(work by T.Venkanna)

However, I should say luck is still in Maskara’s side. He was not forced to reduce the size of the gallery or was not forced to cut deals with the wives of film stars, ending up exhibiting ‘collectors’ items’ along with life style products in interior design shops. He was also saved from disgracing himself by opening his private collection and heirloom for public perusal and if need be for purchase. Distress sale could also be called ‘clearing sale’. Maskara did not take his gallery to remote islands where the rich and the affluent went for weekend revelry or retreat. What he did was just lowering the shutters, permanently. I think of the space inside which had seen inflated works, lot of pornographic images, chair assemblages and so on. One of the last exhibitions was a solo show by a young and intelligent artist, Parag Sonarghare who started off showing a lot with Delhi’s Art Konsult, then some independent performances only to land finally into the hands of Maskara with huge portraits of men with their flaccid genitals hanging helplessly and staring at the faces of the audience. Parag was a painterly version of Britain’s Ron Mueck who does large scale super real sculptures (Parag even wanted to do even my portrait. Portrait of an art critic with a dick, perhaps, which I politely discouraged by postponing the acceptance of that offer) and it did bring some eyeballs to Parag. I was sceptical about his adventurism and had a word with him too regarding this but he was convinced of what he was doing and he would do in the coming few years.

(Parag Sonarghare)

Demonetization struck and Maskara was not there in the business to take the hit. He had already taken a different trajectory in his life which I appreciate because any person in this world has the right to change the track of their business, interest and even the identity. One could even turn oneself into a new personality. Nothing is permanent in the world, so is somebody’s personality or commitment to certain discipline. To put it in other words anybody could do anything and I wouldn’t even wonder if former directors of galleries becoming private art consultants or even turning to interior designers, yoga instructors or chefs. Dig deep, you would see all of them here in our own Indian art scene. And I am sure demonetization, after the initial scrambling through the commotion, has not affected the galleries that much. It is a waiting period and once the Rs.2000 currencies are well in place as hard cash, things would restart with the same dispassionate reverence for the country’s economy and a deep sense of nationalism. But what about the artists whose careers have been either lost or left halfway by the galleries like Maskara Gallery? May be many galleries would again support their artists if the market stabilizes after the next budget. But how the artists of those closed down galleries would be placed in the market? I am sure none is going to die. Everyone will find some way to survive; they may be even adopted by the other galleries.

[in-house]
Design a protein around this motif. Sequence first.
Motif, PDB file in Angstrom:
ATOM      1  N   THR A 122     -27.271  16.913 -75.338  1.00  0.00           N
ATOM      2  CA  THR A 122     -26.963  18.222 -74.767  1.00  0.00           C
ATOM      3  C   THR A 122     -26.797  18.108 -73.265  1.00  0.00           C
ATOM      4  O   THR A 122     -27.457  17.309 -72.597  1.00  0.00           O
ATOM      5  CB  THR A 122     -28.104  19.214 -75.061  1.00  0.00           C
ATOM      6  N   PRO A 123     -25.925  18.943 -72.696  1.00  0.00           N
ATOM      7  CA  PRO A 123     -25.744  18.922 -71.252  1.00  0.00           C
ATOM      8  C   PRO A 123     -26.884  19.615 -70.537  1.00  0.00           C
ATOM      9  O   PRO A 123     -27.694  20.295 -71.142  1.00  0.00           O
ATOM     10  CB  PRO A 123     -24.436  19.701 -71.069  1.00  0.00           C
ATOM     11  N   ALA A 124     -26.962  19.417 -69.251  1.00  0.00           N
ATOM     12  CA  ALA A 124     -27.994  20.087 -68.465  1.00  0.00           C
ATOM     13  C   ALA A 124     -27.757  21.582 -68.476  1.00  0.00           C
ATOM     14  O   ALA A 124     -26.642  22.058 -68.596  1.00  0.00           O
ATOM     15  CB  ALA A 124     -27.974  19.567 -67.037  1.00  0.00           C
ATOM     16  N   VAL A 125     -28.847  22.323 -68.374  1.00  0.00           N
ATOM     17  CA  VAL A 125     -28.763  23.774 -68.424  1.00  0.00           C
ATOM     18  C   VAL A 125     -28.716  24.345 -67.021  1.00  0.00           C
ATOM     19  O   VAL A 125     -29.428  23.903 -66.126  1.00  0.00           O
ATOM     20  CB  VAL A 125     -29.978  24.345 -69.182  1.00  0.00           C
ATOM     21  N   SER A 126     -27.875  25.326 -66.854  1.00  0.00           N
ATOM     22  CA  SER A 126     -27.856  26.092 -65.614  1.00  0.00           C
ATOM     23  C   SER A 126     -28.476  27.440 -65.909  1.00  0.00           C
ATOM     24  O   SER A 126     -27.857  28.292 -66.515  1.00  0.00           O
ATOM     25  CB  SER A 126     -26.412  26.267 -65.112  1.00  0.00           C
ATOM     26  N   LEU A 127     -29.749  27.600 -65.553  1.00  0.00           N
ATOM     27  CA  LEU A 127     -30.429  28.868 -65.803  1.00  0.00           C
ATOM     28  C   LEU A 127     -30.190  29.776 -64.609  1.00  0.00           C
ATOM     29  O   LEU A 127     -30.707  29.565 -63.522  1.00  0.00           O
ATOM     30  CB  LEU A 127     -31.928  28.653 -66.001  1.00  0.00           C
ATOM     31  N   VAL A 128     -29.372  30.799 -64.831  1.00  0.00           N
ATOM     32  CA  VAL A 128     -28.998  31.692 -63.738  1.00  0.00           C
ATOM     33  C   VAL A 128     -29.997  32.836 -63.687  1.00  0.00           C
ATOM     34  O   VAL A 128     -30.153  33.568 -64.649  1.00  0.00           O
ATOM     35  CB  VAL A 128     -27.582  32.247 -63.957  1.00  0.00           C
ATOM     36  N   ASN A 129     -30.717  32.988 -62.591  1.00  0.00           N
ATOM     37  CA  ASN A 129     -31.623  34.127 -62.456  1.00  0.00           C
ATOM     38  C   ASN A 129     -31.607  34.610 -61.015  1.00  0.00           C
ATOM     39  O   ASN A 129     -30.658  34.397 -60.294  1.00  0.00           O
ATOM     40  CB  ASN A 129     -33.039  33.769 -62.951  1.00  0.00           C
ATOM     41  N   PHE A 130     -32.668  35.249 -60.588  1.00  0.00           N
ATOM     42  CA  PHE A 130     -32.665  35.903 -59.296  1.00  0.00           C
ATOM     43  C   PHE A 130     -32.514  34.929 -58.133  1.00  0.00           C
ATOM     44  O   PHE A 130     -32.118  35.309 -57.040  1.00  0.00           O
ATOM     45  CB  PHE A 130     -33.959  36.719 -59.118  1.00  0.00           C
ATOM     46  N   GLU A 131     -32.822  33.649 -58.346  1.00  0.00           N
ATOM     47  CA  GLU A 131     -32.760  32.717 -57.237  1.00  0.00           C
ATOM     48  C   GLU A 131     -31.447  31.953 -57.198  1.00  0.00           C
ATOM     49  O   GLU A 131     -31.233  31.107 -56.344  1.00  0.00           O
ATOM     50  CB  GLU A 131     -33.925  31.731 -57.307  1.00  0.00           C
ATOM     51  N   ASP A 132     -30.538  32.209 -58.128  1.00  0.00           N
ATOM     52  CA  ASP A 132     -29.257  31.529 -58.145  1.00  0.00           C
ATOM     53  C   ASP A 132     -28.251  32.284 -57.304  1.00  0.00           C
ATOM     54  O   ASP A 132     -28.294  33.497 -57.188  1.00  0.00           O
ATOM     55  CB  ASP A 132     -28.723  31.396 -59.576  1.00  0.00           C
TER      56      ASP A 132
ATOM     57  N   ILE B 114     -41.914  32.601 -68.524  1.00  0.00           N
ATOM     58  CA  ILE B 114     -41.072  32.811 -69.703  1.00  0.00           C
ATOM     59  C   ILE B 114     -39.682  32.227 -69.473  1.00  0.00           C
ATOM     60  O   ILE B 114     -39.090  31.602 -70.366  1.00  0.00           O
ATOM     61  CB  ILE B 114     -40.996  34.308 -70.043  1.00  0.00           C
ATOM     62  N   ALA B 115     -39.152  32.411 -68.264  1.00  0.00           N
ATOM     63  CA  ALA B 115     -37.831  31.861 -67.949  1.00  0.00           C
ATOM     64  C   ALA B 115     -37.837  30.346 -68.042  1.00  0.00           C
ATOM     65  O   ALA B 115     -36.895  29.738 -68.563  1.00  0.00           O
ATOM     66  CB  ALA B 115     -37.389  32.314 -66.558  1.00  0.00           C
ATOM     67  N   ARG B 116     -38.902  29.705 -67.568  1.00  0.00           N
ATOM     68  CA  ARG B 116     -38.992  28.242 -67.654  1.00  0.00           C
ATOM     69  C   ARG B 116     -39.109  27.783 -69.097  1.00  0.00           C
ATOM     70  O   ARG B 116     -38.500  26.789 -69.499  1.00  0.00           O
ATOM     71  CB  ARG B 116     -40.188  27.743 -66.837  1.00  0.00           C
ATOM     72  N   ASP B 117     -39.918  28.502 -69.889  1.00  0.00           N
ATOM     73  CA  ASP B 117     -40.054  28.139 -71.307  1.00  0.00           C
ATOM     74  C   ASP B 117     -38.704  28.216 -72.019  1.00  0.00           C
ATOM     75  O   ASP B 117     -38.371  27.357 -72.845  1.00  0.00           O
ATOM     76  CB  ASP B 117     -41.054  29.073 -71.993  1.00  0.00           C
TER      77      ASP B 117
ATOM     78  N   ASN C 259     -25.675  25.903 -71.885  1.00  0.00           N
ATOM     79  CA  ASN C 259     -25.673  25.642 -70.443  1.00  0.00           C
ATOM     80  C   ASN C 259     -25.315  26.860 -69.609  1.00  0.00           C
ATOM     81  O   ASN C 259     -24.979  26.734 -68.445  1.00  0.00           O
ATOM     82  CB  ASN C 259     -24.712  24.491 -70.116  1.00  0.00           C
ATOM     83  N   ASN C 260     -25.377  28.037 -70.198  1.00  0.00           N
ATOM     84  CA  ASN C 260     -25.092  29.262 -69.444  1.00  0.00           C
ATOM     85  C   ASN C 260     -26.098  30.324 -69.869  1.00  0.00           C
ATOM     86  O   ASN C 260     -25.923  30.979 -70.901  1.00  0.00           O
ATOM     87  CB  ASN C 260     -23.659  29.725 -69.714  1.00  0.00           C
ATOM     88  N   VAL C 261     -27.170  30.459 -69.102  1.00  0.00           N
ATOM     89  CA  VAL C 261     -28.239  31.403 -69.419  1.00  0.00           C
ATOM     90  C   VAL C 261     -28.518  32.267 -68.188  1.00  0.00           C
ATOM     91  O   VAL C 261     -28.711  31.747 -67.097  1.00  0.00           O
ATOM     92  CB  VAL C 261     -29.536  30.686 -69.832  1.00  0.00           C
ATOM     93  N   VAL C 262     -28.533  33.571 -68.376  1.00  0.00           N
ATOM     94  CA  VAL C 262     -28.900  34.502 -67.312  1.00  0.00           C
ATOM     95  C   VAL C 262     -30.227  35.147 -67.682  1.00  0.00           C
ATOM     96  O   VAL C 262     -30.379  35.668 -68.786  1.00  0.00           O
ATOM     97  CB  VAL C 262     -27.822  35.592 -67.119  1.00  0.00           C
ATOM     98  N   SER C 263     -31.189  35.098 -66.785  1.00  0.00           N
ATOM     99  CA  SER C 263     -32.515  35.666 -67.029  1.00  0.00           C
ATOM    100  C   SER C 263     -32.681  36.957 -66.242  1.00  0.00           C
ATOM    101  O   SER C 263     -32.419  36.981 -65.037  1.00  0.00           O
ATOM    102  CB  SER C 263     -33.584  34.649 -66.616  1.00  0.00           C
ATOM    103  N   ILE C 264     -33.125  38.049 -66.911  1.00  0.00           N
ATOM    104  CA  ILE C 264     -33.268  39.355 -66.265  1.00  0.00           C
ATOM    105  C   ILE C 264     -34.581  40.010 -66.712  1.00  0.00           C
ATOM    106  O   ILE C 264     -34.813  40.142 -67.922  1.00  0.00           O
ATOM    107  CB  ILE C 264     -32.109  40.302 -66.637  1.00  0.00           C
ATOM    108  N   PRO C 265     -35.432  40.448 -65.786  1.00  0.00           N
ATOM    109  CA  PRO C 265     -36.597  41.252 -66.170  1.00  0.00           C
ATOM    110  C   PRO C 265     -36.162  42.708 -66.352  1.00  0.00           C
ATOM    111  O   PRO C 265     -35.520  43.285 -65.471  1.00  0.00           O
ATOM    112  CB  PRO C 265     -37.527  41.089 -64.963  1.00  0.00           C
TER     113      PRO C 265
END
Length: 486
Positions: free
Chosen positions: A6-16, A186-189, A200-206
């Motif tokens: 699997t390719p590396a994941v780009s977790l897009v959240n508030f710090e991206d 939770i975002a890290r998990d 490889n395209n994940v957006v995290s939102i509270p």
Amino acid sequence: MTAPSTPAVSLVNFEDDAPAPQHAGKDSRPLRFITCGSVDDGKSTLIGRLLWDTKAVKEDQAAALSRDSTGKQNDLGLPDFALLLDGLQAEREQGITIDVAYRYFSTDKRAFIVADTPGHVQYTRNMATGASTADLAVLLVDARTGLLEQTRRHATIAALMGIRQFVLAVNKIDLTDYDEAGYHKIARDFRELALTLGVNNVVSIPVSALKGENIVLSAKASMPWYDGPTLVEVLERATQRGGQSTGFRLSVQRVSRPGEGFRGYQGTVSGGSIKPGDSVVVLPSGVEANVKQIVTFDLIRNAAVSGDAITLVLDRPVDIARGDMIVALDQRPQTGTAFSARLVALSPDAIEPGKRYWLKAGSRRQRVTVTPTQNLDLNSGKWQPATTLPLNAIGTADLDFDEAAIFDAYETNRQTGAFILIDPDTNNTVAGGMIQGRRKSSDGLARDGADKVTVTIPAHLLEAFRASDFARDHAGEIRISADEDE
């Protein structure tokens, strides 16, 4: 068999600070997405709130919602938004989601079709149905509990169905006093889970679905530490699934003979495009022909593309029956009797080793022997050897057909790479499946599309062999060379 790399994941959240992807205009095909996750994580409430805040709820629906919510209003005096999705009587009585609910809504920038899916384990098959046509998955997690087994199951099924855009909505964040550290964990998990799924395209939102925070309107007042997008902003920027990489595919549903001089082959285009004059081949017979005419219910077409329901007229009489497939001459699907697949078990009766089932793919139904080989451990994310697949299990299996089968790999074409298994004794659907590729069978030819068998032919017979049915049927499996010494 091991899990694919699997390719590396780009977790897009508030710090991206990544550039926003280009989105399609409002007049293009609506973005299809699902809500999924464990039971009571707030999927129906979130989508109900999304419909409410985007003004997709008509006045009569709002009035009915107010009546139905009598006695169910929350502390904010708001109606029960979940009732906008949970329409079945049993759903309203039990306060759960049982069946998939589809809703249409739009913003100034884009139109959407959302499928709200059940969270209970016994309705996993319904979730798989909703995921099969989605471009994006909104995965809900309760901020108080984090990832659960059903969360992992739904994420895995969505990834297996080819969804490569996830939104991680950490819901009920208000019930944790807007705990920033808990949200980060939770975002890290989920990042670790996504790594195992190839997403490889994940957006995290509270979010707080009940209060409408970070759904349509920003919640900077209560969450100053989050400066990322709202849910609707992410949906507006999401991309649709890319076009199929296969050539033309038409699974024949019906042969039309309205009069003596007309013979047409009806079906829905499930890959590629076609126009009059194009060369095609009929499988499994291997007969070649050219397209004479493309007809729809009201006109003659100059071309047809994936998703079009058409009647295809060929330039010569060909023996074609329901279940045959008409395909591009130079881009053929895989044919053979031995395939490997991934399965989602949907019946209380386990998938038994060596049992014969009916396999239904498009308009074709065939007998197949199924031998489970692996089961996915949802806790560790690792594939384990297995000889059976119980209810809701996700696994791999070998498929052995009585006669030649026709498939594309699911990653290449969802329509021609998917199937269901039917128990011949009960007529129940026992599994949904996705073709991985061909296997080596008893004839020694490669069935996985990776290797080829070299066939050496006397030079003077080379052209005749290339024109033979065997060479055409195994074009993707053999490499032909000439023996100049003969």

(a work by Parag Sonarghare)

I am not sure about these three artists namely T.Venkanna, Shine Shivan and Parag Sonarghare. T.Venkanna has been painting pornographic images for a long time and has been well supported by Maskara. His works are not shown in the public galleries or in the places where they could be seen by the general public and god forbid, some people take an objection to the kind of aesthetics. Who is going to support this artist? Same is the case with Parag Sonarghare. If an issue of nudity is charged against him, who is going to stand by him and extol his aesthetics? Let me make it very clear that I am not going to raise my voice on behalf of the artists who do pornography or extreme nudes. It is not that I hate nude painting, but I am doubtful whether these artists would have gone aggressively on nudity and pornography had there been no support like an impresario like Abhay Maskara. Tomorrow, if their art is questioned by the uninitiated public, I am sure not a single gallerist in this country is going to stand by them. They can now disprove me. I also say that not a single art critic including the usual suspects in this country would stand up for these artists. Why? Before answering that let me speak a few words about Shine Shivan. A humble boy from Faridabad is made to act like a queer from Warhol factory, all by Abhay Maskara. I try hard to remember his works and what I remember are some cock and hen feathers. Shine Shivan’s art is killed by Abhay Maskara.

(Shine Shivan with his works)